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My dad gave me a kerosene heater thats about the size of a 13 gallon trash can, it runs off kerosene. If i light it outside and let the initial smell of lighting it go away, is it safe to bring inside the house.

I could probably cook off it cause its got wire all the way around it. could at least make some jiffy pop or something with it.
 

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Not without ventilation. I'd venture to say it would set off a CO detector in short order. You are still burning a fuel for heat so there are still combustion gases being released. They have nowhere to go but into the room with those unvented heaters.

Now with monitoring and ventilation... maybe... but that kinda defeats the purpose if you have to have a window or door open when it's cold out.
 

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Yes, but only if you set it next to a window that has been opened an inch or 2.

I have done this: we ran it during the day and set it next to the kitchen window. It raised the indoor temperature from over 30 degrees to about 65 degrees, but only In the kitchen.

We took off our winter coats and wore light sweaters and socks. And, we boiled some canned ravioli on the wire rack on top.

We absolutely did NOT run it at night. Pets have been known to run and play and bump into things
 

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2nd Amendment zealot
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My dad gave me a kerosin heater thats about the size of a 13 gallon trash can, it runs off kerosin. If i light it outside and let the initial smell of lighting it go away, is it safe to bring inside the house. i could probably cook off it cause its got wire all the way around it. could at least make some jiffy pop or something with it.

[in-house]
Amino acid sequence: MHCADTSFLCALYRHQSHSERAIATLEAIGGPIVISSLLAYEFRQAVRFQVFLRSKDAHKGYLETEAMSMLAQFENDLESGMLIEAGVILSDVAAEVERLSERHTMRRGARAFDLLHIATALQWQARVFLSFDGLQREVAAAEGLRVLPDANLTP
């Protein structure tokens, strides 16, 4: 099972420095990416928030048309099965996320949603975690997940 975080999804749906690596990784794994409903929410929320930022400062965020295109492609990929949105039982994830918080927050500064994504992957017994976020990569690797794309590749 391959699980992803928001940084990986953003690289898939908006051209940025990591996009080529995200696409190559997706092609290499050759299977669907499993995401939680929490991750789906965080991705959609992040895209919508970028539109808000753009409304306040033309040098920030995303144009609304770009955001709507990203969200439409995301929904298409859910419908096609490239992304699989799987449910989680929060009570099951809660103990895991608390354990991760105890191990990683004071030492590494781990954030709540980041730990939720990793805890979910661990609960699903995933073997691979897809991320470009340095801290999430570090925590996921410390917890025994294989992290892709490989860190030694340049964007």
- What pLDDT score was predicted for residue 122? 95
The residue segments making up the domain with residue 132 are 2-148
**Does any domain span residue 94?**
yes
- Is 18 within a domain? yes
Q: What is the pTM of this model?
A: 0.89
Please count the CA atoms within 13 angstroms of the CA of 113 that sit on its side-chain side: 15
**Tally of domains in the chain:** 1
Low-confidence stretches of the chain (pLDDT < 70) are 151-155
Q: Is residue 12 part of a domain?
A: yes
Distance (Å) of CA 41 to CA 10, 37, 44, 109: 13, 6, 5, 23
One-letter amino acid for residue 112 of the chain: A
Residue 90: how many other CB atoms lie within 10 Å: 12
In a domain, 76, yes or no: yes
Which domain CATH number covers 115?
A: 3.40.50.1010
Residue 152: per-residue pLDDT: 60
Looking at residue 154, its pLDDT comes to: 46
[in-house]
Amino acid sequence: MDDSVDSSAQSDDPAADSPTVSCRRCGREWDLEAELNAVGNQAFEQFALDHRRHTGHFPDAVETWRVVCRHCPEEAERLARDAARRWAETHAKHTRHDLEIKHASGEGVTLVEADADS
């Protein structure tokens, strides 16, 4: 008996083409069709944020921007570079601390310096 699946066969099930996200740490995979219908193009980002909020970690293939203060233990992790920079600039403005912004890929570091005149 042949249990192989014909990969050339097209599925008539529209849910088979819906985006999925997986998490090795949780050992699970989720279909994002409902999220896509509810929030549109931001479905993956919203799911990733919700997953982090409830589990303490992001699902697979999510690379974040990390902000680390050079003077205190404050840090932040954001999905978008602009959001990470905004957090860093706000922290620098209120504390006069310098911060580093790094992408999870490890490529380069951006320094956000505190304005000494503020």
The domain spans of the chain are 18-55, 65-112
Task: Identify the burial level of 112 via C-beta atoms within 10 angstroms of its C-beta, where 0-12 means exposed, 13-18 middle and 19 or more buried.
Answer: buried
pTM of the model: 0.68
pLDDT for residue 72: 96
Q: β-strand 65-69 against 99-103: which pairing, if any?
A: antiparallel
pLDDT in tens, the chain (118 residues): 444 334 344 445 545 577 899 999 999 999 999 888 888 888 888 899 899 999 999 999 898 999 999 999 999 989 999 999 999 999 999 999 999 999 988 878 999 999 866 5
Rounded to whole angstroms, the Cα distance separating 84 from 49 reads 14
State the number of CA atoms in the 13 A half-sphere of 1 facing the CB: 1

Check out this site. It has some good information on operating your heater safely indoors. FWIW, I have the same heater you have for my garage but since I have a fireplace I also have CM detectors through out the house.

http://www.iii.org/article/kerosene-heater-safety
 

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We used a kerosene heater to heat our house for years .
In the 70s there where no CO detectors but we had the heater in the main part of the house.
I don't like the smell much but don't like to freeze .
I know a lot of people use the heater in side.
 

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"Everbody has a plan . .&quot
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They can't be TOO dangerous or idiot proof . . .

Back when I was a L.E.O. it seemed like every trailor park domestic we responded to in the Winter had at least one in every room going full blast. If it was 22 degrees outside at 1 a.m. it felt like 92 inside & those places always reeked of kerosene, stale beer, marijuana, toe jam , & cat pee with a Rebel flag or two on the wall and it was always so hot you could barely even breathe, but I never saw anyone die from one.